|Crime and Punishment: Stephen Gardener|
by Bill McCann
London’s streets have always been crime-ridden. This series presents the tales of some of the individuals convicted of crimes, small and great, at the Middlesex and London assizes, Star Chamber, Court of Aldermen, etc. and their subsequent fate. Tyburn and Newgate are words that are resonant with the extremes of punishment in the 18th and 19th centuries and, naturally, both loom large in the series. However, there will also be articles on some of the more famous crimes in London’s more recent history.
Crime and Punishment: Stephen Gardener
by Bill McCann
Executed at Tyburn, 3rd of February, 1724, for House-breaking, after being warned that the Bellman would say his Verses over him.
THIS malefactor was born in Moorfields, and after associating with blackguard boys in the streets was driven home through sheer hunger. He went to sea on a corn vessel, the master of which traded to France and Holland. Being an idle and useless hand, he was treated so roughly by his shipmates that he grew heartily tired of a seafaring life ; and on his return from the first voyage he promised the utmost obedience if his friends would permit him to remain at home.
This was readily complied with, in the hope of his re- formation, and he was now put to a waterman ; but being impatient of restraint he soon quitted his service and engaged with dissolute fellows in the neighbourhood of Moorfields, with whom he played at cards, dice, etc., till he was stripped of what little money he had, and then commenced as pickpocket.
His first attempt of this kind was at the Guildhall, during the drawing of the lottery, when he took a wig out of a man’s pocket; but though he was detected in the offence, the humanity of the surrounding multitude permitted his escape. This circumstance encouraged him to continue his practice, and about a month afterwards he was detected in picking another pocket, and, notwithstanding his protestations of innocence, underwent the discipline of the horsepond. Soon afterwards he became acquainted with two notorious housebreakers named Garraway and Sly, who offered to take him as a partner; but he rejected their proposals till one night when he had lost all his money and most of his clothes at cards ; then he went to his new acquaintances, and agreed to be concerned in their illicit practices.
Gardener having now been for some time acquainted with a woman who kept a public-house in Fleet Lane, and who was possessed of some money, proposed to marry her, with the view of obtaining her property; and, the woman listening to his offer, they were married by one of the Fleet parsons. The money Gardener obtained with his spouse was soon spent in extravagance, and not long afterwards they were apprehended on suspicion of felony and conducted to St Sepulchre’s watch-house; however, the charge against them not being validated, it was necessary to dismiss them, but before they were set at liberty the constable said to Gardener: ” Beware how you come here again, or this bellman will certainly say his verses over you ” ; for the bellman happened to be at that time in the watch-house. Gardener was greatly affected when the constable told him that the bellman would say his verses over him; but the impression it made on his mind soon wore off, and he quickly returned to his vicious practices. [See The gazette Background Briefings for a note on the significance of the Bellman.]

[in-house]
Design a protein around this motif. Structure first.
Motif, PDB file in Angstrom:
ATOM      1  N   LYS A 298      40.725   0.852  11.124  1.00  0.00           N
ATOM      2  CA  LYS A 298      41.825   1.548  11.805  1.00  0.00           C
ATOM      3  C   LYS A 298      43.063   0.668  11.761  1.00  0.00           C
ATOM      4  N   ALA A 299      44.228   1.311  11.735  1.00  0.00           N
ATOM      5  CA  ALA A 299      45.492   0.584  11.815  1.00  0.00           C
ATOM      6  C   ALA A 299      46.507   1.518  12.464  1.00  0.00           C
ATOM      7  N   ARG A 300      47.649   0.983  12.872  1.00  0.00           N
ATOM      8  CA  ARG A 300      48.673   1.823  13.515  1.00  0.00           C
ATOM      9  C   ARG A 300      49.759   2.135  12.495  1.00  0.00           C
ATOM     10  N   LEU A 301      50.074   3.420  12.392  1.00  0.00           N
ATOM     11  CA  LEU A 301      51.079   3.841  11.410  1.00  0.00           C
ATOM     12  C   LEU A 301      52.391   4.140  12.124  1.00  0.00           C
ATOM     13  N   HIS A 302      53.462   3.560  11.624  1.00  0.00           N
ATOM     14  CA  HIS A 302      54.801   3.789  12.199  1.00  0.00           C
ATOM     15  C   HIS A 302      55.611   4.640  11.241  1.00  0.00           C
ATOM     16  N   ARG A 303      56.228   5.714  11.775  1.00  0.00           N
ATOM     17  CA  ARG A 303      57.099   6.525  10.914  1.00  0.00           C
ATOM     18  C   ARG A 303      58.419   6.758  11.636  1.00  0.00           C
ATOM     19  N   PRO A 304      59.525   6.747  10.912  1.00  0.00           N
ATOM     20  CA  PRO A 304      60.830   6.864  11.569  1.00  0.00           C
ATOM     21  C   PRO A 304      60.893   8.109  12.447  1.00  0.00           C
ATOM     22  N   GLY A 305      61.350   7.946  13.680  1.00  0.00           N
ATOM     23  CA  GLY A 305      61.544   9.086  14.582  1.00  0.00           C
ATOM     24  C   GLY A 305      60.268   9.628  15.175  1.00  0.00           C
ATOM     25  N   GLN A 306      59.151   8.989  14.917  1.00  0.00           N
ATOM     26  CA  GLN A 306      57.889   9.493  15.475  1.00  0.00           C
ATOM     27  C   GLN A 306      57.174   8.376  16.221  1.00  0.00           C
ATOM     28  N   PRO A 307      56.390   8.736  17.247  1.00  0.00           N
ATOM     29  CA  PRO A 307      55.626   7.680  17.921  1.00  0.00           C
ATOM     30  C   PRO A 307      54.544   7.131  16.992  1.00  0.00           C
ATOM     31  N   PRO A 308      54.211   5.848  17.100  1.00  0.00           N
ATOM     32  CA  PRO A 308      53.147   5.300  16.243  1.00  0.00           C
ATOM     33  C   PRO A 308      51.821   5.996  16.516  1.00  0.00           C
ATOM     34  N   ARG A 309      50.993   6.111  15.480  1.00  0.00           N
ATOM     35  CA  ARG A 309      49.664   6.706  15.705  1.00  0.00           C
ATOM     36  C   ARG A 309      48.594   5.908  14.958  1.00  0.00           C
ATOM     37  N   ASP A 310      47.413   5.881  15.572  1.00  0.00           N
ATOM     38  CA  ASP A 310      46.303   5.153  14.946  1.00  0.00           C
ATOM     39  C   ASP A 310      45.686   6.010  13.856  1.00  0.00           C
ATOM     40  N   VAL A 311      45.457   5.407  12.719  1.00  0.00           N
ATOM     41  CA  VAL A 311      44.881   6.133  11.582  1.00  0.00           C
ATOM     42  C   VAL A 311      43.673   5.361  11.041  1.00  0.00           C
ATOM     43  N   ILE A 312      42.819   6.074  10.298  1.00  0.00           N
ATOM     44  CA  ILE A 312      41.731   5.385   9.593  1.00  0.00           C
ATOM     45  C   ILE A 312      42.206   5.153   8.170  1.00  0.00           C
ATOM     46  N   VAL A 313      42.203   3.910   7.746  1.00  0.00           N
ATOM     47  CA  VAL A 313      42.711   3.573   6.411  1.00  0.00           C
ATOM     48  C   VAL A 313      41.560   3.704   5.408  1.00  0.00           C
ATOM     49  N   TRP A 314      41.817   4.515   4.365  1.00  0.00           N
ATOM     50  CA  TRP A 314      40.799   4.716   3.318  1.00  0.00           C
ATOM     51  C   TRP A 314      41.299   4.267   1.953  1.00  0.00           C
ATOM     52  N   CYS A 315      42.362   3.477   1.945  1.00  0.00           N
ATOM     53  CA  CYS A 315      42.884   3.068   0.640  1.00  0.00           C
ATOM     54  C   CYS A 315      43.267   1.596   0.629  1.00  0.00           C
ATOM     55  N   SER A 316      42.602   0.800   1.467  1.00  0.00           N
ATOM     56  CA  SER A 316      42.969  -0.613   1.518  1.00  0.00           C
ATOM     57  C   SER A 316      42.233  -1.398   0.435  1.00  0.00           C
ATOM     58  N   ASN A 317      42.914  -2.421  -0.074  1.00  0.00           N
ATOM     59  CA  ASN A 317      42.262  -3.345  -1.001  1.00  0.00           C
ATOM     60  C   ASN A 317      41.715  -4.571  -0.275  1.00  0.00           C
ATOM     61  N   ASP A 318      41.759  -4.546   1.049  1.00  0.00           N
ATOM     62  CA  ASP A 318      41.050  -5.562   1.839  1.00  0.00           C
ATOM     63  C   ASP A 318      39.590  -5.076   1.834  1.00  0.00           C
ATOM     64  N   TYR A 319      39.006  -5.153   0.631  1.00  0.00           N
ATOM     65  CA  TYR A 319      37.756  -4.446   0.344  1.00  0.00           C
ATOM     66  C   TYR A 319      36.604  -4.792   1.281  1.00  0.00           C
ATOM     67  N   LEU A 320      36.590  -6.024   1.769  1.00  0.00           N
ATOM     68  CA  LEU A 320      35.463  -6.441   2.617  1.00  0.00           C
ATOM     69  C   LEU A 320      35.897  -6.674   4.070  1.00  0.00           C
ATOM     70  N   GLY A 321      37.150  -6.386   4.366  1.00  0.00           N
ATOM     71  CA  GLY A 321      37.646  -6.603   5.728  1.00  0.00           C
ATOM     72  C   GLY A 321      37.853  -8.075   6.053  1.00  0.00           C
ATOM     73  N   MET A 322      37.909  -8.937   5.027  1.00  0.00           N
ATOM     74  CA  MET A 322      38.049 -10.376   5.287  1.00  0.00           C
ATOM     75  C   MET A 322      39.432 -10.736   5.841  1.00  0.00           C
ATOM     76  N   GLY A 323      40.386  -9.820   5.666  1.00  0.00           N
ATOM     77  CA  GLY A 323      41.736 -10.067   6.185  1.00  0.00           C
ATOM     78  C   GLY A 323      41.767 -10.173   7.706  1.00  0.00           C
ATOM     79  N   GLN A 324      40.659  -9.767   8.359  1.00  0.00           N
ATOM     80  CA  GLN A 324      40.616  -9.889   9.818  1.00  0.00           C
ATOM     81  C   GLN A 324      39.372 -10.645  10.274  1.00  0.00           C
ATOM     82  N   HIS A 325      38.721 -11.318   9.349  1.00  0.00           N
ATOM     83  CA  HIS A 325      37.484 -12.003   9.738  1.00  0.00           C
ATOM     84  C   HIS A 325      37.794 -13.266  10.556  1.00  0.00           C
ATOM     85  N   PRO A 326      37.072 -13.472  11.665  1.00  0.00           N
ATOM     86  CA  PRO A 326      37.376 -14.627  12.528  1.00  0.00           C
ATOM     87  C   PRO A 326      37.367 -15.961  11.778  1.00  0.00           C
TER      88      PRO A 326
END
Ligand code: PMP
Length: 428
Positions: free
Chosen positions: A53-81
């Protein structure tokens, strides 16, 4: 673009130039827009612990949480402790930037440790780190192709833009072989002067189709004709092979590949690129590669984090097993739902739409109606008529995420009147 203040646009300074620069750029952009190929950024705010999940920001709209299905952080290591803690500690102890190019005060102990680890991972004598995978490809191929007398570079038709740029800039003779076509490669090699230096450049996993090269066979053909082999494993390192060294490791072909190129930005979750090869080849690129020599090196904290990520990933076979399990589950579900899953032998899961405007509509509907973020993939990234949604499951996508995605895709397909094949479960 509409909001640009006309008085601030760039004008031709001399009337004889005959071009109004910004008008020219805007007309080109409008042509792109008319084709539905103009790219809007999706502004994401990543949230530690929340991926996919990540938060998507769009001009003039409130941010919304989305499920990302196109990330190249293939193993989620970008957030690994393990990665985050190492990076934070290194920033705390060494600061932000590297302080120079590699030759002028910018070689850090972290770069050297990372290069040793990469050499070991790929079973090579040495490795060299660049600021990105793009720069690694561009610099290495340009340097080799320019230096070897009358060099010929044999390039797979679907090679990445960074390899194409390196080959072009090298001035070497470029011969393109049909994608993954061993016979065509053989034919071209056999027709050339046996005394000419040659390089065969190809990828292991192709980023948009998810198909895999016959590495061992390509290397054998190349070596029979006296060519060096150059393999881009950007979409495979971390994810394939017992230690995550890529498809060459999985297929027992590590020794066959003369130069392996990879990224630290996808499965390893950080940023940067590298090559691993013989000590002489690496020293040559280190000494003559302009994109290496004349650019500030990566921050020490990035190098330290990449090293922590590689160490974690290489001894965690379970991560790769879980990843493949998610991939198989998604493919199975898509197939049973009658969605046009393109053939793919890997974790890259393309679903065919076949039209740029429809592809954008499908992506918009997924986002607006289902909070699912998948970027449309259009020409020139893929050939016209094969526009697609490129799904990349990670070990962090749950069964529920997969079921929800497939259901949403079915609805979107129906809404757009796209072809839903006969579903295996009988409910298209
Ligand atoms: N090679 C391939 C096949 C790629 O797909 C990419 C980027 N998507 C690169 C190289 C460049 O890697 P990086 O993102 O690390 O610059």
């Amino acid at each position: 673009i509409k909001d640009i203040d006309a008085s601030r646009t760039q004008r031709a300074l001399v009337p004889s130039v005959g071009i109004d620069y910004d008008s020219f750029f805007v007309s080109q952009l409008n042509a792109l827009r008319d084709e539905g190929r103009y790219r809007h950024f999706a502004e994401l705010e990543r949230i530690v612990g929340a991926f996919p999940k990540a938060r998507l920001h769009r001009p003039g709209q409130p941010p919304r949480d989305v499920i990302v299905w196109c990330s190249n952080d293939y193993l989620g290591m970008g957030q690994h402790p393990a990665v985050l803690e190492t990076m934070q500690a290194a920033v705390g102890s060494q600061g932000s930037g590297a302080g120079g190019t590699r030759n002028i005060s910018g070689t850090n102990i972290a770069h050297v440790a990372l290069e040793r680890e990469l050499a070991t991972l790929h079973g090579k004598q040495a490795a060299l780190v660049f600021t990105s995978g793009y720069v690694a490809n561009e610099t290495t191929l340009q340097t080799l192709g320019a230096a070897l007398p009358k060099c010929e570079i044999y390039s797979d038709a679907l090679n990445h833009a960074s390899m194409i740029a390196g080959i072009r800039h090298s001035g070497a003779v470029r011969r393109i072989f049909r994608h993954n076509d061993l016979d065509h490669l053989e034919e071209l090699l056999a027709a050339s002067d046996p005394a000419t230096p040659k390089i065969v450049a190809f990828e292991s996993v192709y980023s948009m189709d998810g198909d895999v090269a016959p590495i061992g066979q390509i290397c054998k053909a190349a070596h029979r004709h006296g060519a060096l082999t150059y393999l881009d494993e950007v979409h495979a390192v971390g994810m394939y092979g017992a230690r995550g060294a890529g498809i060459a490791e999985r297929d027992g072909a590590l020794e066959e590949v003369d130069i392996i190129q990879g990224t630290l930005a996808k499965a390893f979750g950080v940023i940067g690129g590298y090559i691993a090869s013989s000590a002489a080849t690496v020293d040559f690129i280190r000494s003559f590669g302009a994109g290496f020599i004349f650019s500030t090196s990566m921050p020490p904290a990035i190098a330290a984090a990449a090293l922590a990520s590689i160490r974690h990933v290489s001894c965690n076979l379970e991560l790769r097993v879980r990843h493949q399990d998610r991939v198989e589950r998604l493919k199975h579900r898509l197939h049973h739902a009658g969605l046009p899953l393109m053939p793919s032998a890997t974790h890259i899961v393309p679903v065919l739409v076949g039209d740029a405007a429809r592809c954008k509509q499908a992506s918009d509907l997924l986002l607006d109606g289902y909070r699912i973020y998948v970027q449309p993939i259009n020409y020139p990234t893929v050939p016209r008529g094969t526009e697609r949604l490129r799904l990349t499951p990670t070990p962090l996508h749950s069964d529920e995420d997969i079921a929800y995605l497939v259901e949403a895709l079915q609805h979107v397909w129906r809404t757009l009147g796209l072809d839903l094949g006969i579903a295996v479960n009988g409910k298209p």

A short time after this adventure Gardener fell into company with one Rice Jones, and they agreed to go together on the “passing lay,” which is an artifice frequently practised, and though the sharpers are often taken into custody, and their tricks exposed in the newspapers, yet there are repeatedly found people weak enough to submit to the imposition. Our adventurers were very successful at different places, particularly at Bristol ; but in this last place Jones bilked Gardener in such a manner as to prove that there is no truth in the observation of ” honour among thieves ” ; for Jones, after having defrauded a country gentleman of a gold watch and chain, a suit of laced clothes, and about a hundred guineas, gave no share of the booty to Gardener. This induced the latter to think of revenge, but he disguised his sentiments, and they went together to Bath, where they remained some time and then proceeded on their journey; but on the morning on which they set out, Gardener stole an iron pestle from the inn where they lay, and concealed it in his boot, with the intention of murdering his companion when they should come to an unfrequented place.
On their journey Gardener generally kept behind Jones, and twice took out the pestle with the intention of perpetrating the murder; but, his resolution failing him, he at length dropped it in the road, unperceived by his companion. A few days afterwards these companions in iniquity parted; and on this occasion Jones said: ” Hark ye, Gardener, whither are you going? ” ” To London,” said he. “Why, then,” replied Jones, “you are going to be hanged.”
Soon after his arrival in London he robbed a house in Addle Hill, but was not apprehended for it, and a short time after he broke open the house of Mrs Roberts, and carried off linen to the amount of twenty-five pounds. In this robbery he was assisted by John Martin, and both the offenders, being soon afterwards taken into custody, were brought to trial, capitally convicted, and received sentence of death ; but Martin was afterwards reprieved, on condition of transportation for fourteen years.
After sentence of death Gardener resigned himself to his fate and before he quitted Newgate on the day of execution he dressed himself in a shroud, in which he was executed, refusing to wear any other clothes, though the weather was intensely cold.
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